Indeed they do. Which doesn't really say much for any one brand's beliefs being true vis-a-vis all the rest, does it? You really would think that the Supreme Architect of All That Is, said by believers in such a thing to be capable of magicking a universe out of nothingness, would have an easy time of it ensuring that so many different denominations didn't proliferate, wouldn't you? Not least because as the number of denominations increases, the likelihood of egregious error, and therefore of people believing patently wrong things, is bound to increase accordingly. Unless either (a) people or (b) said entity, if it existed, don't/doesn't care about believing the wrong thing, of course; but then, certainly in the case of (a) based upon a belief in (b), there's no evidence of that and plenty of evidence to the contrary.

Quote:
The beliefs espoused by the Catholic church are ones which most closely match my own beliefs.


So the beliefs came first, which just happened to dovetail nicely with the ready-made Catholic Church? It must be interesting to come to conclude all on your own that a whole raft of implausible beliefs about the nature of reality are true, only to find an off-the-peg church which just happens to believe in all the same things.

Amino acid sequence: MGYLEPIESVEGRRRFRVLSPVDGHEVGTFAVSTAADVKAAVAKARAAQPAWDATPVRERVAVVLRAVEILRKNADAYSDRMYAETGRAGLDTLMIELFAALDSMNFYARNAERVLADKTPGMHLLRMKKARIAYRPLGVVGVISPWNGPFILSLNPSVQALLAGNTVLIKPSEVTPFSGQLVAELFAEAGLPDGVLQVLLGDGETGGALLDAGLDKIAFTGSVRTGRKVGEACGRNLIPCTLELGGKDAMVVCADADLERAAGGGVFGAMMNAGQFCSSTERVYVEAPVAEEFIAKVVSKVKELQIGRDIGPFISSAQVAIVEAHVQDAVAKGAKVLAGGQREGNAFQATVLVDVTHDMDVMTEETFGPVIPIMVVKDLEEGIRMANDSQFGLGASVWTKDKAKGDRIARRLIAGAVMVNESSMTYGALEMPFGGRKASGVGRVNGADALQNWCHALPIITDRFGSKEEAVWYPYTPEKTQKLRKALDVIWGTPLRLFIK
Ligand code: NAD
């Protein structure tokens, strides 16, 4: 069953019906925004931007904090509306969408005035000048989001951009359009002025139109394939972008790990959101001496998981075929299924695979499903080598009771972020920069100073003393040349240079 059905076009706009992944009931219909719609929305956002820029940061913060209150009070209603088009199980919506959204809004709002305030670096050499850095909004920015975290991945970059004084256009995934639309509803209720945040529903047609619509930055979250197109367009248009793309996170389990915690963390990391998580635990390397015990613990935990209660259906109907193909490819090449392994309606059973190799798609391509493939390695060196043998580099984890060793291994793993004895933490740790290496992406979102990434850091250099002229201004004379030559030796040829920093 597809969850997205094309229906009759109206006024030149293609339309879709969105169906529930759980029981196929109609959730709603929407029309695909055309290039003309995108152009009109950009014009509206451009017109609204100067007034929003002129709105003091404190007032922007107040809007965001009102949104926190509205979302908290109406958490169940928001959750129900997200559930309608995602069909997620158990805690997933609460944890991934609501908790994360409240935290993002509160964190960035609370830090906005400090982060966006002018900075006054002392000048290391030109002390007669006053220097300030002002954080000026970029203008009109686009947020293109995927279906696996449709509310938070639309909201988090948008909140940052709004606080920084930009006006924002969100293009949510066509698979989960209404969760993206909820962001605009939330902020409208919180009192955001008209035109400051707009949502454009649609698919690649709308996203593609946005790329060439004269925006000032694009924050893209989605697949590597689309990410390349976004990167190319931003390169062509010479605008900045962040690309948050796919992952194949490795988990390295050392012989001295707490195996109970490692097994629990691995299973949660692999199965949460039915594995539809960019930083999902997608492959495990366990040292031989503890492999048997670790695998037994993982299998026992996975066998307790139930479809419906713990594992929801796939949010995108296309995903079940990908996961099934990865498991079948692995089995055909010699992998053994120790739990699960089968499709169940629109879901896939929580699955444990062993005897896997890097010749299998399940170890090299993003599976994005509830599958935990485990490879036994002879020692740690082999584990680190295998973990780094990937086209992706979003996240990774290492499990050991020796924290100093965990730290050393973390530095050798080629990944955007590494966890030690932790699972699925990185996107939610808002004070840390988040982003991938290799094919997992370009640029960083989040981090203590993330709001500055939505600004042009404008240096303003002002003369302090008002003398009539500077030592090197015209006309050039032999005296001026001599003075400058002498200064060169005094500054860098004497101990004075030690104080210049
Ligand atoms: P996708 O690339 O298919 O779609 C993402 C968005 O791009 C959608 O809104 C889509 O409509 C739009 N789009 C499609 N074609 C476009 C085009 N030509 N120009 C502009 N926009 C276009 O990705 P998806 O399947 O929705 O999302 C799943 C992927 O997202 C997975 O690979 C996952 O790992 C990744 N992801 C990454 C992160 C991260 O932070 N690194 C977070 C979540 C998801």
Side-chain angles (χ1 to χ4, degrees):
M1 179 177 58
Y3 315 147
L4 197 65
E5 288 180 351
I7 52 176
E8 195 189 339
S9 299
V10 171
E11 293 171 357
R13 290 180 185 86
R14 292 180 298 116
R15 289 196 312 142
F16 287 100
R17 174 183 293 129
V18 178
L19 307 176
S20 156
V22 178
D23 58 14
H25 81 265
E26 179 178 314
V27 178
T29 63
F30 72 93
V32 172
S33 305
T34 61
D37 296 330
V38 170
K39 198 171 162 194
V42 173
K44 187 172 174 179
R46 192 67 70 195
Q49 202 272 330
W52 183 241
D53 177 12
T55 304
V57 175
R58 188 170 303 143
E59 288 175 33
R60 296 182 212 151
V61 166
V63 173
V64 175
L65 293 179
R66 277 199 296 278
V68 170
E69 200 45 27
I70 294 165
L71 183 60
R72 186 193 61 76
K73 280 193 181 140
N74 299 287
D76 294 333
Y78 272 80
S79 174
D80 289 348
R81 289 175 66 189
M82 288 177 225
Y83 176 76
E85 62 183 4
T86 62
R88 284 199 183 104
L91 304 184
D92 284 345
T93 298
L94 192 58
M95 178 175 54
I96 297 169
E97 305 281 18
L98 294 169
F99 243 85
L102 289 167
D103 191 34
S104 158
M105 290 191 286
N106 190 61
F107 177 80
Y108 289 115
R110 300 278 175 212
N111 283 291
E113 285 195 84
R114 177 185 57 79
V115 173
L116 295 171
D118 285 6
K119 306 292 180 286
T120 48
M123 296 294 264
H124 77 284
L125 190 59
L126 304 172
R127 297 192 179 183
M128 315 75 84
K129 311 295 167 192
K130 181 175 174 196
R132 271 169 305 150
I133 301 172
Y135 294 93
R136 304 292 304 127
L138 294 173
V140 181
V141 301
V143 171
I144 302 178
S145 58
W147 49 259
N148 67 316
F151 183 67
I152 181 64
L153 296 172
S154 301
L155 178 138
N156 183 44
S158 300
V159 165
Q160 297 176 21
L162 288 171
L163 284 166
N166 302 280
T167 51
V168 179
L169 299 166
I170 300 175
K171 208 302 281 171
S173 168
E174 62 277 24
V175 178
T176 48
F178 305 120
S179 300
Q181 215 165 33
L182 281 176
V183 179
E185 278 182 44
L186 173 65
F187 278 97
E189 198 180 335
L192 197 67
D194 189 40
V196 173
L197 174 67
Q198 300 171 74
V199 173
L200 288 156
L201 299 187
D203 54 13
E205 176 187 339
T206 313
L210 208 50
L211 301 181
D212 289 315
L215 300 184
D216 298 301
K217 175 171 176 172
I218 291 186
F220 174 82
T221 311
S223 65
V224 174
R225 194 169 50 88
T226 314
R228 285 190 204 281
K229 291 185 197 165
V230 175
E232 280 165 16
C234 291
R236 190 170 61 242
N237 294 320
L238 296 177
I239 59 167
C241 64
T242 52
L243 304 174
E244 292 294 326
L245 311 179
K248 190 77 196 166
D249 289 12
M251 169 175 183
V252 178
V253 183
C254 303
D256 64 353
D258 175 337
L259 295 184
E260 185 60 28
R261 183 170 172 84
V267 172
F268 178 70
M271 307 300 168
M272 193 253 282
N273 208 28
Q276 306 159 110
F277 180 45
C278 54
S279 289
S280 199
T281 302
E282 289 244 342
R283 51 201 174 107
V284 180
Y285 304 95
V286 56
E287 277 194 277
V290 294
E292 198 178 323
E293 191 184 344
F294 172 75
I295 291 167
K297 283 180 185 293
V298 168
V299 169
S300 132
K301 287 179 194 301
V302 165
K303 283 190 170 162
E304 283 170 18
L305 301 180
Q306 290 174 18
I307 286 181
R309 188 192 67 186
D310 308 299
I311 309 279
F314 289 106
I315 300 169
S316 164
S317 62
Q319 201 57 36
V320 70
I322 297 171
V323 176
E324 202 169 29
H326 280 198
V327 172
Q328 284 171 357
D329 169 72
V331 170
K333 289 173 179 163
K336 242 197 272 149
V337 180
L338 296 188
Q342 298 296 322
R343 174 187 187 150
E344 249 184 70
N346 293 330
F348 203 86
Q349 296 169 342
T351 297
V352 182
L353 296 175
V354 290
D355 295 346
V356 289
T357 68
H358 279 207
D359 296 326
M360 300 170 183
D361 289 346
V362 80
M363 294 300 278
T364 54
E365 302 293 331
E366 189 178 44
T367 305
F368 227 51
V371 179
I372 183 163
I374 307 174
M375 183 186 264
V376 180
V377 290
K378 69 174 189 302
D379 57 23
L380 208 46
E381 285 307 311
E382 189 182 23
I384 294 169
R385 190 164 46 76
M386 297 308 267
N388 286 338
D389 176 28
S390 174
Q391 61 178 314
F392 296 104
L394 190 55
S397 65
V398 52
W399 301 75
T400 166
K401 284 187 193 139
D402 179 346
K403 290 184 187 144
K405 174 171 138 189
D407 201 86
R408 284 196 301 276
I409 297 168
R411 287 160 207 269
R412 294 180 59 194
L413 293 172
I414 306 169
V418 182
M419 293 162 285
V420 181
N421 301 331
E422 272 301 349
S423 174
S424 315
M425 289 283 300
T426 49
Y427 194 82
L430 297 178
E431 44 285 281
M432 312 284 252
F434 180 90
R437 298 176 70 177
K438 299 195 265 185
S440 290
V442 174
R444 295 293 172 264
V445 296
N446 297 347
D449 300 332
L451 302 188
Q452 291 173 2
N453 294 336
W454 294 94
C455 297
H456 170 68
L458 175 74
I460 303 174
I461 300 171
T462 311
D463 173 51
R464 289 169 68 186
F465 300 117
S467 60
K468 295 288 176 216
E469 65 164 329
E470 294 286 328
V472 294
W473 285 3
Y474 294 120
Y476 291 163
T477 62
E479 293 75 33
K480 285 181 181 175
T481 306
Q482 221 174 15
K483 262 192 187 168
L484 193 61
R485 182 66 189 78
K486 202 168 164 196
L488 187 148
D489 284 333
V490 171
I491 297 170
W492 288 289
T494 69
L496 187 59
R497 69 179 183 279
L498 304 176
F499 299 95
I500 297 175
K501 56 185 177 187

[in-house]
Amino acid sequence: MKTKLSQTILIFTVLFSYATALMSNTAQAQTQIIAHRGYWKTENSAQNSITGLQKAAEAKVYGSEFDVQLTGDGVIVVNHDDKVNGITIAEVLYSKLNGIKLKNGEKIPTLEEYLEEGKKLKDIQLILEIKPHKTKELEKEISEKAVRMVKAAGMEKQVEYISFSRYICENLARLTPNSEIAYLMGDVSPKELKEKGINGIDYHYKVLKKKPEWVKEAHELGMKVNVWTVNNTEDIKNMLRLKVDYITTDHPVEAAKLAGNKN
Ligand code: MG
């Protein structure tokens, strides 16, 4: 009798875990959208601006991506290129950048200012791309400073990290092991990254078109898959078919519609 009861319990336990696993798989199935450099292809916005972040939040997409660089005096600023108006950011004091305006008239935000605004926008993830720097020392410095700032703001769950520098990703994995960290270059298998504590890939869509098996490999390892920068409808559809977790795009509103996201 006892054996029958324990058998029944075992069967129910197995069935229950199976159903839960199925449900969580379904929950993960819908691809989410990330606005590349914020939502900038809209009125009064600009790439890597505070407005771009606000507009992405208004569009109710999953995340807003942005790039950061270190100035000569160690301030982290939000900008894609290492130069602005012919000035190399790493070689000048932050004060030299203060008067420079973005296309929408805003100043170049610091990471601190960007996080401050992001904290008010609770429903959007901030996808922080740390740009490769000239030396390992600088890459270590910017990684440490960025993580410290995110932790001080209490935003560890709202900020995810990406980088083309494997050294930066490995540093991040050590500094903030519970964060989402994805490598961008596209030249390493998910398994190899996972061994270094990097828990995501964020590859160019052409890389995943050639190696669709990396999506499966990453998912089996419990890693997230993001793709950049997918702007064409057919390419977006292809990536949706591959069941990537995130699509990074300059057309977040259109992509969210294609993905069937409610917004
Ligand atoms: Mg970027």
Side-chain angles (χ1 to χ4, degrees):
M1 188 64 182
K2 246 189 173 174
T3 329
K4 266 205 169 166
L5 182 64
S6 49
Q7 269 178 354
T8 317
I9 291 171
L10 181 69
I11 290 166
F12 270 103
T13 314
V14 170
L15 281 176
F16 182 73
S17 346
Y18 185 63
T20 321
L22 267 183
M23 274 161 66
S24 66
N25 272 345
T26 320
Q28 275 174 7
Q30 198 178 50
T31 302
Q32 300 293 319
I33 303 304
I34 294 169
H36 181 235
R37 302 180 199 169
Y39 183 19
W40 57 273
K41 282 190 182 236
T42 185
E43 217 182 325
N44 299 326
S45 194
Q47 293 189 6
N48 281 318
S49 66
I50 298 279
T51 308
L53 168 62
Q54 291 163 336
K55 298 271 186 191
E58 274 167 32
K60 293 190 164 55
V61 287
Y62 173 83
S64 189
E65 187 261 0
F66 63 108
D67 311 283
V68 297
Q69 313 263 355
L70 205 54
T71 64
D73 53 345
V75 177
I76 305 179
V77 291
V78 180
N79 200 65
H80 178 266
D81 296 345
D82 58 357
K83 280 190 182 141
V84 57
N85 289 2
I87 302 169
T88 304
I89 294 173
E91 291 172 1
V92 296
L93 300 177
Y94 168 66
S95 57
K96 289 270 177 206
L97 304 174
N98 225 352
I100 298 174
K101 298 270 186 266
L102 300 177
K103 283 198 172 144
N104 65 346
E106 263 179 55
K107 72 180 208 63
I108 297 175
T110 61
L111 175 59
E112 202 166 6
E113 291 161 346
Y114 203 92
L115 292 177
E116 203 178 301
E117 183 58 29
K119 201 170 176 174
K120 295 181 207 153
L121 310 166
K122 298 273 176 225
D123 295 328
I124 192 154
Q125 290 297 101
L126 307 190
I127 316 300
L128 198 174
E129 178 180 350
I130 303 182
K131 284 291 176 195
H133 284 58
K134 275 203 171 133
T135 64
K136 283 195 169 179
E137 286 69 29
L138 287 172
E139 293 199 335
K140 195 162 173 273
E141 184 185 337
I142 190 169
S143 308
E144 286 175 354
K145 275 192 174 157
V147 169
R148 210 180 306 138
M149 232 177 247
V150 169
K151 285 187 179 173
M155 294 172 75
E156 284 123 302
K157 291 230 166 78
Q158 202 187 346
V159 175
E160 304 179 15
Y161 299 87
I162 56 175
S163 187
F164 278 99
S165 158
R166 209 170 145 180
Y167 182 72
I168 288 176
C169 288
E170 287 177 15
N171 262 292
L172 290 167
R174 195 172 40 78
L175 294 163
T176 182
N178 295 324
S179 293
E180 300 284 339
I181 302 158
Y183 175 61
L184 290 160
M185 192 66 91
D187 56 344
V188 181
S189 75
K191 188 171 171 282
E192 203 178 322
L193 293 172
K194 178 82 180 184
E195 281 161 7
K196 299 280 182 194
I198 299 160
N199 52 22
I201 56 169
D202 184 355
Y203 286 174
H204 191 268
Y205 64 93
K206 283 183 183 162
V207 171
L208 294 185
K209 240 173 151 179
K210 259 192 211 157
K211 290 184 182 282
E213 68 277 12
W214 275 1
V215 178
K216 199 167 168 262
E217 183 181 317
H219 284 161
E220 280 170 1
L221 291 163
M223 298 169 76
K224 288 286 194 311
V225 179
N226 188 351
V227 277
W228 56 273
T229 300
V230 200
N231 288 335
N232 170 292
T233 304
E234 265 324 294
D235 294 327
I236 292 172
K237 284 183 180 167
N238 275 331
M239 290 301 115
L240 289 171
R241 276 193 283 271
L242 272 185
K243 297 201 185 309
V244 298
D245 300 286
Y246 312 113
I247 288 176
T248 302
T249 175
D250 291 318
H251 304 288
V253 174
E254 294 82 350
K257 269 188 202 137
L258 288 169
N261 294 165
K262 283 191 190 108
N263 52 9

Not entirely. As you know, I disagree with the Catholic church about a lot of issues.

But the broad approach is one which works for me. For example, sometimes (not always, but sometimes) in the Protestant traditions you find the idea that our physicality is some kind of unfortunate incumbrence which we would be better off without. Catholicism is very hysical and sensual. It recognises the importance of Jesus as a bloke as well as God (rather than just God in disguise with a bloke mask on). Hence the crucifixes rather than empty crosses. It recognises our physicality too. I am not (you may have noticed) very good at being good - so a liturgy which bombards all my senses, not just my mind, with reminders and stimuli works well for me. I get that a whitewashed church with no distractions works for some people - that's fine too. Also I read a year or so ago something written by Cardinal Newman (I guess it was when he was being beatified) - about his journey from Evangelical Anglicanism to Catholicism. He used to visit very many poor families. One of the things which jarred with him was that as an evangelical he was taught that most of this people would be damned. Not just the poor, most people generally. The Catholic tradition on the other hand taught that most, if not all, would be saved. These kind of things attracted me to the Catholic church when I found myself having rationalist doubts about my atheism.
Shaker

cyberman wrote:
sometimes (not always, but sometimes) in the Protestant traditions you find the idea that our physicality is some kind of unfortunate incumbrence which we would be better off without.


A line of thinking that goes back waaaaaaaay before there was such a thing as Protestantism - it's a very Gnostic idea that the material world, fleshliness, corporeality is, depending on school and the emphasis they placed on the idea, either intrinsically and inherently flawed or even downright evil.